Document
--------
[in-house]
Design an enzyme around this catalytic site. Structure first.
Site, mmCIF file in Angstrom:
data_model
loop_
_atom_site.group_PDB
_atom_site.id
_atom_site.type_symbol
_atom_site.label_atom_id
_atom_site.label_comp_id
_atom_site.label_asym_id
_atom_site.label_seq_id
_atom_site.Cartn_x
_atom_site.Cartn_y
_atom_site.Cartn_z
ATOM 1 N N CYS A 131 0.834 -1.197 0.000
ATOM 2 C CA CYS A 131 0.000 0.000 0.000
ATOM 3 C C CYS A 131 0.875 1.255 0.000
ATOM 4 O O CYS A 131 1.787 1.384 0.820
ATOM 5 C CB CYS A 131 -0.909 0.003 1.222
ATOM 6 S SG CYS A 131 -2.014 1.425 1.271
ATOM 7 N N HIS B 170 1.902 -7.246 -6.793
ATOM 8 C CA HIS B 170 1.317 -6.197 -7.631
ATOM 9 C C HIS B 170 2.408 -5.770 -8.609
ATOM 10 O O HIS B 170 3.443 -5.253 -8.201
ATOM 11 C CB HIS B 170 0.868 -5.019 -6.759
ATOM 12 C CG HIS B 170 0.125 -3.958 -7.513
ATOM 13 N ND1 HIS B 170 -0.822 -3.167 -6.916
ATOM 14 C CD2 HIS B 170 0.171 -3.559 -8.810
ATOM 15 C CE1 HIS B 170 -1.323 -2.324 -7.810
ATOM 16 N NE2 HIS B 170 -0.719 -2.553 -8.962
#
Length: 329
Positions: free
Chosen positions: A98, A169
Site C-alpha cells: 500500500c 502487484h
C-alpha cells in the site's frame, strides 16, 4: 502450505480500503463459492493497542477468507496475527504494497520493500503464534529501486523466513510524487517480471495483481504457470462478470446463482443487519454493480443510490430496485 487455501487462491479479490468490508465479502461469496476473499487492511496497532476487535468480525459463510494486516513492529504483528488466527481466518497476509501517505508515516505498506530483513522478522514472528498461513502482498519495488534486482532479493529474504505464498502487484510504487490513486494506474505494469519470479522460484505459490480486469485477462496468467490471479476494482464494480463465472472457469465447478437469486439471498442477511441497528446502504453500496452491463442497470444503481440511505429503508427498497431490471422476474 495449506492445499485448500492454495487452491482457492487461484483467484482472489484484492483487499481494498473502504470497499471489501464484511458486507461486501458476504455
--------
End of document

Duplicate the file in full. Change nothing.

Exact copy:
[in-house]
Design an enzyme around this catalytic site. Structure first.
Site, mmCIF file in Angstrom:
data_model
loop_
_atom_site.group_PDB
_atom_site.id
_atom_site.type_symbol
_atom_site.label_atom_id
_atom_site.label_comp_id
_atom_site.label_asym_id
_atom_site.label_seq_id
_atom_site.Cartn_x
_atom_site.Cartn_y
_atom_site.Cartn_z
ATOM 1 N N CYS A 131 0.834 -1.197 0.000
ATOM 2 C CA CYS A 131 0.000 0.000 0.000
ATOM 3 C C CYS A 131 0.875 1.255 0.000
ATOM 4 O O CYS A 131 1.787 1.384 0.820
ATOM 5 C CB CYS A 131 -0.909 0.003 1.222
ATOM 6 S SG CYS A 131 -2.014 1.425 1.271
ATOM 7 N N HIS B 170 1.902 -7.246 -6.793
ATOM 8 C CA HIS B 170 1.317 -6.197 -7.631
ATOM 9 C C HIS B 170 2.408 -5.770 -8.609
ATOM 10 O O HIS B 170 3.443 -5.253 -8.201
ATOM 11 C CB HIS B 170 0.868 -5.019 -6.759
ATOM 12 C CG HIS B 170 0.125 -3.958 -7.513
ATOM 13 N ND1 HIS B 170 -0.822 -3.167 -6.916
ATOM 14 C CD2 HIS B 170 0.171 -3.559 -8.810
ATOM 15 C CE1 HIS B 170 -1.323 -2.324 -7.810
ATOM 16 N NE2 HIS B 170 -0.719 -2.553 -8.962
#
Length: 329
Positions: free
Chosen positions: A98, A169
Site C-alpha cells: 500500500c 502487484h
C-alpha cells in the site's frame, strides 16, 4: 502450505480500503463459492493497542477468507496475527504494497520493500503464534529501486523466513510524487517480471495483481504457470462478470446463482443487519454493480443510490430496485 487455501487462491479479490468490508465479502461469496476473499487492511496497532476487535468480525459463510494486516513492529504483528488466527481466518497476509501517505508515516505498506530483513522478522514472528498461513502482498519495488534486482532479493529474504505464498502487484510504487490513486494506474505494469519470479522460484505459490480486469485477462496468467490471479476494482464494480463465472472457469465447478437469486439471498442477511441497528446502504453500496452491463442497470444503481440511505429503508427498497431490471422476474 495449506492445499485448500492454495487452491482457492487461484483467484482472489484484492483487499481494498473502504470497499471489501464484511458486507461486501458476504455